Ion Control System

Ion Control System (GSC-TOPS-237)
An electric propulsion system, suitable for small satellite attitude control, precision orbit control, constellation formation management, and extended low-thrust maneuvers
Small satellites are satellite of low mass and size, usually under 500 kg. Satellites can be used for gathering of scientific data and radio relay. The ideal propulsion system for small satellites is one that balances reliability, high performance, scalability, contamination issues, low pressure operation, safe propellant containment, low cost, and simple design in order to meet performance requirements. Previous attempts to utilize vacuum arc technology for spacecraft propulsion has had several issues. Currently, many vacuum arc thrusters lack a sufficient operational lifetime because of their lack of propellant feed systems. Additionally, many thrusters have uneven erosion over the cathode face, thus changing the thruster characteristics and plume direction during operation. Uneven erosion also creates macroparticles that decrease thrust. Current thrusters lack a collimated plasma plume. Lack of collimation decreases the thrust and can cause contamination issues such as resetting electronics components or coating the satellite. The Ion Control System is a micro propulsion system that is low cost, high performing, flight proven, reliable, easily configurable, and scalable.

The Technology
The Ion Control System (ICS) is a low cost, high performing, flight proven, reliable, easily configurable and scalable micropropulsion system that can be implemented within constraints of typical small satellite costs. The ICS utilizes all commercial off-the-shelf components, so no specialized parts need to be purchased or machined, which makes the system cheap and simple to integrate. The ICS improves upon previous vacuum arc thruster designs. The system improves increases overall efficiency by decreasing overhead power loss. The ICS utilizes a chamfered copper anode, which decreases power loss in anode by decreasing resistivity of anode material and allows for better heat dissipation, decreasing the amount of macroparticle ejections. This also decreases macroparticle and ions from implanting in thruster components. The system uses a circular Halbach Array and permanent magnets to nozzle plasma. This increases ion velocity and greatly improves ion beam collimation and improves even cathode erosion over long duration testing. The thruster head has a decreased overall footprint due to its aluminum housing. This creates better heat dissipation and structural integrity. The system does not utilize a center-anone design. Rather, it uses a center-cathode design, which increases ion beam collimation, maximizing thrust by ensuring ions are not encountering obstacles, and ensures no off center thrust vectoring or reset of electronics boards from ion backflux. Furthermore, ICS uses tungsten fuel instead of nickel to increase total propellant per given area, thrust per power, and specific impulse.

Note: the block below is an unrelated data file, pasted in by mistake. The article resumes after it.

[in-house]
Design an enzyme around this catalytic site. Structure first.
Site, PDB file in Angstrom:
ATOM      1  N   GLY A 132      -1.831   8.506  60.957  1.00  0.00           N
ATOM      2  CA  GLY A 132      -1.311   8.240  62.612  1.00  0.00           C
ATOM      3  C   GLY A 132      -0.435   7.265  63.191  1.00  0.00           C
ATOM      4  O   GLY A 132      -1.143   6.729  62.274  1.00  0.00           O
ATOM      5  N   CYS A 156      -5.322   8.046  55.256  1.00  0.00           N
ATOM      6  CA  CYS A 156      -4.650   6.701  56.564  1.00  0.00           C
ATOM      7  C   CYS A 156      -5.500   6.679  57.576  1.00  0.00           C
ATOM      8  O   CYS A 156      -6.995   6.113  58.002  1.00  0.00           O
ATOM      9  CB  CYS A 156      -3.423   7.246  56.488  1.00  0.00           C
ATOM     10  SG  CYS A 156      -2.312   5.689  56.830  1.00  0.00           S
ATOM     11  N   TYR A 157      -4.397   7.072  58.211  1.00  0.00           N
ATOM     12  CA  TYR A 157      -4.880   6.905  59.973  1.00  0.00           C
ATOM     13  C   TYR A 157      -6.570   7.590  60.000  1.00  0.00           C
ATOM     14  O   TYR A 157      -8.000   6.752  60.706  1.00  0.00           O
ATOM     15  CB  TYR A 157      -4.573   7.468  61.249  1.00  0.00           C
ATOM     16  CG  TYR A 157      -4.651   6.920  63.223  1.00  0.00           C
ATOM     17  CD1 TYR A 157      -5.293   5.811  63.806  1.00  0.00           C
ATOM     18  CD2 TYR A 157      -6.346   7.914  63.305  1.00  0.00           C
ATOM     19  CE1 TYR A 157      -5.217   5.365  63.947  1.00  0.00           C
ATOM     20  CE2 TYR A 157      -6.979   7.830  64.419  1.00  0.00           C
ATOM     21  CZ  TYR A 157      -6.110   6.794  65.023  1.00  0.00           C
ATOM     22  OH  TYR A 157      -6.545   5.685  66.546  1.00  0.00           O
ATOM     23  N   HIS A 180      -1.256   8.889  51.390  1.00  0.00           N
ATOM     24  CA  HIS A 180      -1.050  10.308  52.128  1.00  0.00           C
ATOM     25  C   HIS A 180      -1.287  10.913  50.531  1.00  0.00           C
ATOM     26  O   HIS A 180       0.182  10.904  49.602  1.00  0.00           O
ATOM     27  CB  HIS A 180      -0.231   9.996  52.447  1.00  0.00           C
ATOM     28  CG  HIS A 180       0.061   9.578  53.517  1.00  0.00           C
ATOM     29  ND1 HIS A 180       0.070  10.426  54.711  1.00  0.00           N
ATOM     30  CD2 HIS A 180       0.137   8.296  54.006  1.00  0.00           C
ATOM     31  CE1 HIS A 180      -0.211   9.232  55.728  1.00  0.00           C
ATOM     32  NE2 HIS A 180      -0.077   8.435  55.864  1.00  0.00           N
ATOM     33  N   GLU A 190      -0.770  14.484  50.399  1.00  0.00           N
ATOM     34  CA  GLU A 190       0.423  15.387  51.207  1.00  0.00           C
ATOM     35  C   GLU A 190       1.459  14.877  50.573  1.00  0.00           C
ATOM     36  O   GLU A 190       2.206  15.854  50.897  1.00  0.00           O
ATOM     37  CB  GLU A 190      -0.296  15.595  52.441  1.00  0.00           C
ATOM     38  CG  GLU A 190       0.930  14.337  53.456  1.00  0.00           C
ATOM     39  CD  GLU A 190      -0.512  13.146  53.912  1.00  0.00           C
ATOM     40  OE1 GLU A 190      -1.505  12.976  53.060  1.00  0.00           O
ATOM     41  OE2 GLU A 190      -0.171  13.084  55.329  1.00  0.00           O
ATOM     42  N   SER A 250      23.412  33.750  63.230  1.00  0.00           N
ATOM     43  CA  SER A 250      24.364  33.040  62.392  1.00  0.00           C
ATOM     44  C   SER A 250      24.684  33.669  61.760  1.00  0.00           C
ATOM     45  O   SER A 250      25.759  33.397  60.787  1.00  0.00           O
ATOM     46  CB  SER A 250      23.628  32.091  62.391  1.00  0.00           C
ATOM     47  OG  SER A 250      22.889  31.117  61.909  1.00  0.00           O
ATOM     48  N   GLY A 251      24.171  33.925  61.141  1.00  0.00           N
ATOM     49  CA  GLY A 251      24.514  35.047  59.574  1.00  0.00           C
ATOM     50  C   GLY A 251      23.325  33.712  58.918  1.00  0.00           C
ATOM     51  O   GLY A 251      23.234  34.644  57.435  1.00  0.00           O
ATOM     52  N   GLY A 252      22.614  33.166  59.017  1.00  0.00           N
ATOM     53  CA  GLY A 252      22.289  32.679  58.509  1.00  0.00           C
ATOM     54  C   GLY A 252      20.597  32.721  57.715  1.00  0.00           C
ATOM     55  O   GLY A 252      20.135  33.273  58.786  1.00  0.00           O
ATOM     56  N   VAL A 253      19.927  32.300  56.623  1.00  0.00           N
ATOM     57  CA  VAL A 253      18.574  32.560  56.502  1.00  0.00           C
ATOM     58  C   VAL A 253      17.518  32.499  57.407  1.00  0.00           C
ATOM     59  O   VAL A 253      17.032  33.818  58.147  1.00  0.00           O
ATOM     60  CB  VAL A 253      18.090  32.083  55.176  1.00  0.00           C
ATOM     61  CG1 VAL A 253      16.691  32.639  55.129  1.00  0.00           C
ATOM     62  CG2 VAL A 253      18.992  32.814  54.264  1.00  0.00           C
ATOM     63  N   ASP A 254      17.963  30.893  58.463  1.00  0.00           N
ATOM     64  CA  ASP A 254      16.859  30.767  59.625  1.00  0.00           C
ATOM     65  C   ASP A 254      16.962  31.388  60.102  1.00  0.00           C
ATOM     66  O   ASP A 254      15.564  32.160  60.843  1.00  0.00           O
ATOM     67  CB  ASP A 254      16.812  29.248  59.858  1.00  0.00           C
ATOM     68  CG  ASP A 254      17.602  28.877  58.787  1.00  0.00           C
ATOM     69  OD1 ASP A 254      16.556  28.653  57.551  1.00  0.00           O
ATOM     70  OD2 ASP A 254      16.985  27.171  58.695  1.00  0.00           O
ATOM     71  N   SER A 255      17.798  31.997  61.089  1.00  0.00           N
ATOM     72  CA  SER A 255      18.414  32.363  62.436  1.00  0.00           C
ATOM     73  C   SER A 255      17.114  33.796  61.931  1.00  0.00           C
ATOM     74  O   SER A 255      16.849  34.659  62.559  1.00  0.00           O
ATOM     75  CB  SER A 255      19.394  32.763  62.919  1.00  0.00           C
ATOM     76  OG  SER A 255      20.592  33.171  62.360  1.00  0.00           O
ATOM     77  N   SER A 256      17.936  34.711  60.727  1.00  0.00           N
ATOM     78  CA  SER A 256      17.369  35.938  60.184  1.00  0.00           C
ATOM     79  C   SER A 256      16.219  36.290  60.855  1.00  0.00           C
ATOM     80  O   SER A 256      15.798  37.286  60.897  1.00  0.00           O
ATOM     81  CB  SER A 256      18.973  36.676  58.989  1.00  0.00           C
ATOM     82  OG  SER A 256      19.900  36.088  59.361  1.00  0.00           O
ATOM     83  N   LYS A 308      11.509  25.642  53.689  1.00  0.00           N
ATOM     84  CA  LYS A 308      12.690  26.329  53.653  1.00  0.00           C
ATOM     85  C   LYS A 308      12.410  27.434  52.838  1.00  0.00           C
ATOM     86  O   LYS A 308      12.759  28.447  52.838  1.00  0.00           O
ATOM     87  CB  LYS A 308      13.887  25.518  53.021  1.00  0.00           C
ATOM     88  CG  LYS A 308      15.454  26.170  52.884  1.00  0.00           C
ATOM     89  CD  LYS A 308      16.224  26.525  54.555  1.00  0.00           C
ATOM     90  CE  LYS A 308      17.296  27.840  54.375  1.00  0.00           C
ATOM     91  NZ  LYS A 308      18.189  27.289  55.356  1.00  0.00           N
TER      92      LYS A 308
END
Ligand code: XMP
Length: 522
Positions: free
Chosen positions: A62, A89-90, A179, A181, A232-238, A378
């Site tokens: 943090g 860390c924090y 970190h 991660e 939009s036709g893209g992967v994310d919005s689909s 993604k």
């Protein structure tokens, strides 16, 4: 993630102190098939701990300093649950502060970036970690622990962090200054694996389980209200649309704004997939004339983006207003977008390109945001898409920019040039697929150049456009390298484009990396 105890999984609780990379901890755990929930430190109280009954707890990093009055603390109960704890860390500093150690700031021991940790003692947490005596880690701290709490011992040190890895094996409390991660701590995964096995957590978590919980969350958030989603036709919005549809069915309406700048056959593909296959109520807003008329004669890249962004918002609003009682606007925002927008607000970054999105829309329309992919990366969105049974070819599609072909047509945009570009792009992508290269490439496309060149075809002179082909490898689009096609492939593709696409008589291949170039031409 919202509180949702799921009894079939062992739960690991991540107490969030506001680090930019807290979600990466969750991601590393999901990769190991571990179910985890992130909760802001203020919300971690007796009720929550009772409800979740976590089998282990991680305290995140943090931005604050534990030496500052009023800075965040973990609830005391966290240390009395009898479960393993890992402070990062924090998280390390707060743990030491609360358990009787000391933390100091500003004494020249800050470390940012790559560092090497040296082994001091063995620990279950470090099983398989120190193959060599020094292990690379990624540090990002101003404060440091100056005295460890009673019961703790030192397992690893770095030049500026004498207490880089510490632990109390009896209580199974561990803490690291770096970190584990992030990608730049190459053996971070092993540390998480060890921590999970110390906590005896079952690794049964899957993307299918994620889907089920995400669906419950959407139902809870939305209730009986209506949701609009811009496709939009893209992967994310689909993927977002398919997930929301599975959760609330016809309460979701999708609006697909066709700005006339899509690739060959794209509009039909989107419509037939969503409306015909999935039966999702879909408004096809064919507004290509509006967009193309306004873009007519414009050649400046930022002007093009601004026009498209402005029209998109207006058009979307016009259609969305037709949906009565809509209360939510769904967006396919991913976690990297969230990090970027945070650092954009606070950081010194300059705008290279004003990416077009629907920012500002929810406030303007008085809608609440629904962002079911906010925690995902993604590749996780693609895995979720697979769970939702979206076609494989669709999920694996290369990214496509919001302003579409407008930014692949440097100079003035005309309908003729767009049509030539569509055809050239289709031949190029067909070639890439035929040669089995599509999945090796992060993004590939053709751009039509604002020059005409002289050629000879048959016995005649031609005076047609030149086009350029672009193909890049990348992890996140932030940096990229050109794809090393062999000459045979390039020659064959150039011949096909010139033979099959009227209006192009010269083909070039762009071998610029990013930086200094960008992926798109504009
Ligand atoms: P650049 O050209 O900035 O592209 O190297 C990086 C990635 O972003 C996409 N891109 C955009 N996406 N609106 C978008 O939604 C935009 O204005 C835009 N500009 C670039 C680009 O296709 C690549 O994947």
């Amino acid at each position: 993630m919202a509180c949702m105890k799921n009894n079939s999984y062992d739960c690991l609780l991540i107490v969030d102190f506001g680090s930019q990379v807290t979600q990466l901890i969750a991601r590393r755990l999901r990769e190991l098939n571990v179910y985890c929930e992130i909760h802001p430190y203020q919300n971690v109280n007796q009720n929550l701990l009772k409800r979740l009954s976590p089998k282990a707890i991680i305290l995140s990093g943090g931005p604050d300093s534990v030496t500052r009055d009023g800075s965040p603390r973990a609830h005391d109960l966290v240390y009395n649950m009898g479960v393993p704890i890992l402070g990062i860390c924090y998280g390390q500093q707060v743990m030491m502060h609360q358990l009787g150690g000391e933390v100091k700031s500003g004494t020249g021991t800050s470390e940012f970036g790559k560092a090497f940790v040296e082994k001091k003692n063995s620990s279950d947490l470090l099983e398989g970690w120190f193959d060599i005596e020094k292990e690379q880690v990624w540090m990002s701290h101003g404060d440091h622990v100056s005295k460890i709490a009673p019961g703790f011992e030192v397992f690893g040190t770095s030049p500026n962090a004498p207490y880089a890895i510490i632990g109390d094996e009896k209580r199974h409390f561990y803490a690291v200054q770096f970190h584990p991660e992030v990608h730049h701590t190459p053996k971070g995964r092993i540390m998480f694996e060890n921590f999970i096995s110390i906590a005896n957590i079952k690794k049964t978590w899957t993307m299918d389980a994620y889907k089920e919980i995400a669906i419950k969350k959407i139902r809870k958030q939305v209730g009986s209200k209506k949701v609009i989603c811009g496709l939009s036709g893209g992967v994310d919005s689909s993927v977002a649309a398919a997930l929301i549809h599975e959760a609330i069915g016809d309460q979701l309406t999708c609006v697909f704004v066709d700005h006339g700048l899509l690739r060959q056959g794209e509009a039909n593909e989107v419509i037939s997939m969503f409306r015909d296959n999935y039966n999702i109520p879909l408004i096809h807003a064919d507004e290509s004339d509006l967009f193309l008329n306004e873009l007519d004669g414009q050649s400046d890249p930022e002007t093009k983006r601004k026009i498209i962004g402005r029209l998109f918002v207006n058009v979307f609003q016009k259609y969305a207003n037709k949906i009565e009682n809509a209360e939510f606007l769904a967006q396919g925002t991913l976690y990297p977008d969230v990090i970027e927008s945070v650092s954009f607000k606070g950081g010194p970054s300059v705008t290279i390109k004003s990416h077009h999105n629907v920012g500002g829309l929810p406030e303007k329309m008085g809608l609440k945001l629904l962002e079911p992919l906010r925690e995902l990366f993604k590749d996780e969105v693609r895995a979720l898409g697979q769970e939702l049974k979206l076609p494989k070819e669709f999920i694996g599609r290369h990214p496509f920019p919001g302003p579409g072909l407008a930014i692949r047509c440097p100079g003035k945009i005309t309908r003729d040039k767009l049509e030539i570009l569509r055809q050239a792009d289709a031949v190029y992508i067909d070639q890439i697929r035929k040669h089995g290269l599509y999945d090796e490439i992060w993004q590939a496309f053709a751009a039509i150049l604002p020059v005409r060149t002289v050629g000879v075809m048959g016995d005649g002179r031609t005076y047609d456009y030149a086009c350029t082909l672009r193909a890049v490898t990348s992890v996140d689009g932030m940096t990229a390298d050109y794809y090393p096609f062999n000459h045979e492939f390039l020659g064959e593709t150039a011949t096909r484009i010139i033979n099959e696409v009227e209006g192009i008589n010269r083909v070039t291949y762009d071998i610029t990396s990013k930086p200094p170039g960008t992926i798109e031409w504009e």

Landsat 7 image of Seattle, Washington acquired August 23, 2014. Landsat 7 is a U.S. satellite used to acquire remotely sensed images of the Earth's land surface and surrounding coastal regions. It is maintained by the Landsat 7 Project Science Office at the NASA Goddard Space Flight Center in Greenbelt, MD. Landsat satellites have been acquiring images of the Earths land surface since 1972. Currently there are more than 2 million Landsat images in the National Satellite Land Remote Sensing Data Archive.
  • Easy to integrate with satellites
  • Low cost
  • Reduces contamination likelihood
  • Enables easy customization

  • SmallSat propulsion
  • CubeSat propulsion
  • Formation flying technologies
Technology Details

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